The blackout of social networks (Instagram, WhatsApp and Facebook) on Monday (4) revealed chaos far beyond a technological issue. We live in a society increasingly dependent on digital content and this can pose serious risks to your physical and mental health. People had to spend hours without access to their favorite digital content and many revealed how dependent they are on these tools.
Through this event, I monitored people’s behavior during and after the return of social networks. If, while the blackout lasted, the person picked up his cell phone to constantly look for something to do or analyzed whether he had already returned. If the person sought other social networks, this is already a warning for a possible addiction. Depending on the degree that it affected, revealing the size of the problem.
It is necessary to remember that a short time ago we did not have these networks and we lived. What happens today with self-indulgence so that we are not able to use other means and arguments in everyday life? To find out if the person is suffering from this addiction, see some situations that happened to many users during this time when the applications were down.
- He stood looking at his cell phone not knowing what to do;
- I would enter applications constantly to see if it was back;
- You got into apps you didn’t use and got lost;
- He felt agony;
- Existential Void;
- He became impatient and/or irritated;
- He had the impression of receiving notification;
- Mood change.
If you experienced some or many of these symptoms during Monday (4), during the blackout of social networks, it’s a good idea to turn on the warning sign, as these symptoms are related to nomophobia. To make matters worse, there are cases in which the person feels this absence so much that they may experience nausea, sweating, among other physical symptoms.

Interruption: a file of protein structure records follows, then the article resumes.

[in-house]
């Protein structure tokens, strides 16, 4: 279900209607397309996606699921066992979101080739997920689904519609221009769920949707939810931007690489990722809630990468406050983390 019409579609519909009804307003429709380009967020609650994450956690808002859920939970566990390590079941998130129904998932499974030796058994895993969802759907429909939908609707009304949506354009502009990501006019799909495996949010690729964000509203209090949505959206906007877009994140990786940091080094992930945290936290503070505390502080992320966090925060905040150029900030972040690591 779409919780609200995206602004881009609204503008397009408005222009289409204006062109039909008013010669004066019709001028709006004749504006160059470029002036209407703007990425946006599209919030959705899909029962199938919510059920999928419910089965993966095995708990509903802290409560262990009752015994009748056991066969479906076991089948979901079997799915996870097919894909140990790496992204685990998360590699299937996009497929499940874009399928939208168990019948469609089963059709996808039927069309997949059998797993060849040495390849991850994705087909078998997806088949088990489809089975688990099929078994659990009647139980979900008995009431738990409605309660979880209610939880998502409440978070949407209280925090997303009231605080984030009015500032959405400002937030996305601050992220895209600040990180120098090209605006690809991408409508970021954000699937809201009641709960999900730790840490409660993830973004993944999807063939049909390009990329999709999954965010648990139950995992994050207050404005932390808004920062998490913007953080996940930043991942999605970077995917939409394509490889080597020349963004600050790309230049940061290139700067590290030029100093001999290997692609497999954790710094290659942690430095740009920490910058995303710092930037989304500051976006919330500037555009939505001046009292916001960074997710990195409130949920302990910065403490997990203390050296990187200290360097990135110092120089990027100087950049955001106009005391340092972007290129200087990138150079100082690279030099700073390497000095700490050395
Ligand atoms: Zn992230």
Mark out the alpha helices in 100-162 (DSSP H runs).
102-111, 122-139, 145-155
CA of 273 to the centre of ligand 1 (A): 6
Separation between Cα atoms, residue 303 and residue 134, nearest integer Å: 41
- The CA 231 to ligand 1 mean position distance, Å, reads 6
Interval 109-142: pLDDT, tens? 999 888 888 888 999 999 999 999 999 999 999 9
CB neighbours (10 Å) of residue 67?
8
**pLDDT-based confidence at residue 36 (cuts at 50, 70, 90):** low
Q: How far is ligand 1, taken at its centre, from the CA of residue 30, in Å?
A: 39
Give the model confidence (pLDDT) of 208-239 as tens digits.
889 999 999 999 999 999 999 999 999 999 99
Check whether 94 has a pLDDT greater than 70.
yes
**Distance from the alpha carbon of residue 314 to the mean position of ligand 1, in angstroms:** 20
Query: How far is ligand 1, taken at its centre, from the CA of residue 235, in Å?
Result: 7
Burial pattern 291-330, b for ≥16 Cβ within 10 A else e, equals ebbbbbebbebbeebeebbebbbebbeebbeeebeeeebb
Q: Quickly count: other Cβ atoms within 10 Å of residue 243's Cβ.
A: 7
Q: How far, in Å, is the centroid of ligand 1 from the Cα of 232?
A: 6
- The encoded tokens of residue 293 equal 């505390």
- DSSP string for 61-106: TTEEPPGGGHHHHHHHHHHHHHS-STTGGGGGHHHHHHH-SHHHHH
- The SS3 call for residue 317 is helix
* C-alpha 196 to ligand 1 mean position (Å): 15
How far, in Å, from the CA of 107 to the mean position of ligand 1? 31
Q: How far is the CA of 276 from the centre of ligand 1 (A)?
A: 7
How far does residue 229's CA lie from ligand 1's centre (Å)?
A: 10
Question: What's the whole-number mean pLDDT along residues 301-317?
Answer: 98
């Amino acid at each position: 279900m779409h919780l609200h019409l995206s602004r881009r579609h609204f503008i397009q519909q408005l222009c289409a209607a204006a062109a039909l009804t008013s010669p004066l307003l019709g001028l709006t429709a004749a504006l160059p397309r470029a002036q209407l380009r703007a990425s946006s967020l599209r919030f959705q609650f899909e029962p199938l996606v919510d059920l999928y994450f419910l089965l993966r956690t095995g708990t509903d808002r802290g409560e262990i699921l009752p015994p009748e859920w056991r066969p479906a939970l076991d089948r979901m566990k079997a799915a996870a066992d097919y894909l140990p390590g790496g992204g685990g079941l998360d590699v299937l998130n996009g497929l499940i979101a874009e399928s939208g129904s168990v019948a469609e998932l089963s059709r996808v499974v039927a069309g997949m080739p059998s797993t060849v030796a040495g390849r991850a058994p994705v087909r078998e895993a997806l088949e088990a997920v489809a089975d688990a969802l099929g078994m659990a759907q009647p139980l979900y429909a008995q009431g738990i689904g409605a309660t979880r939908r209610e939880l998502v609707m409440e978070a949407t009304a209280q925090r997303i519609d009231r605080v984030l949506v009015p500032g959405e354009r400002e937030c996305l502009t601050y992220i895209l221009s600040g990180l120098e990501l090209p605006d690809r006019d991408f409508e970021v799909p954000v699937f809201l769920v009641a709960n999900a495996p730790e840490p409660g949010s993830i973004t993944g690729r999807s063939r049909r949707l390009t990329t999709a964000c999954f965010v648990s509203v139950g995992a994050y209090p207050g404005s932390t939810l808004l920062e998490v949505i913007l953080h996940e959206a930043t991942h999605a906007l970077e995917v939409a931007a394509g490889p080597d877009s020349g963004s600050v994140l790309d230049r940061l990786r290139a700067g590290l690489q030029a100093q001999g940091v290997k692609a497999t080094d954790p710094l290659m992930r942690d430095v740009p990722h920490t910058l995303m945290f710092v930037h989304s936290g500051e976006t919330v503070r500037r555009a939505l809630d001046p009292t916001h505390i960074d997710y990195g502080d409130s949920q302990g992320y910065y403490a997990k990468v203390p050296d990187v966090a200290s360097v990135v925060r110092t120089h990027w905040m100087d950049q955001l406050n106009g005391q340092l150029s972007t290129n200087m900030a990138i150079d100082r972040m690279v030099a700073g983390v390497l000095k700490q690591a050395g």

But what causes nomophobia?
Nomophobia is a phobia caused by discomfort and/or anxiety when the individual is without access to communication through electronic devices.
In the brain, in the region of the basal ganglia, working with the limbic system, the sensation of pleasure that the release of dopamine promotes with each new like or expectation of a message received on the social network transforms the habit into addiction, encouraging people to become increasingly online seeking reward, increasing anxiety that works as a pendency for this search.
Furthermore, the function of dopamine is to provide positive feedback, a reward to the body, which becomes a constant search. This is compensatory, as the anxiety itself tends to seek more or get into a bad atmosphere asking for more reward. Like an intermittent and gradual cycle.
People who use social media to work in their daily lives reported feeling relieved and dropping their braces during the blackout. This occurs because the social network is being exploited as a professional responsibility in these circumstances; when we do something out of obligation, we are rewarded for doing something out of obligation. In contrast to folks who use social media for fun, it becomes a need with time.
This does not include influencers, who justify the addiction to the social network as a profession, or the production of content on the social network that has become a profitable profession, yet, in this way, it is part of the vicious cycle.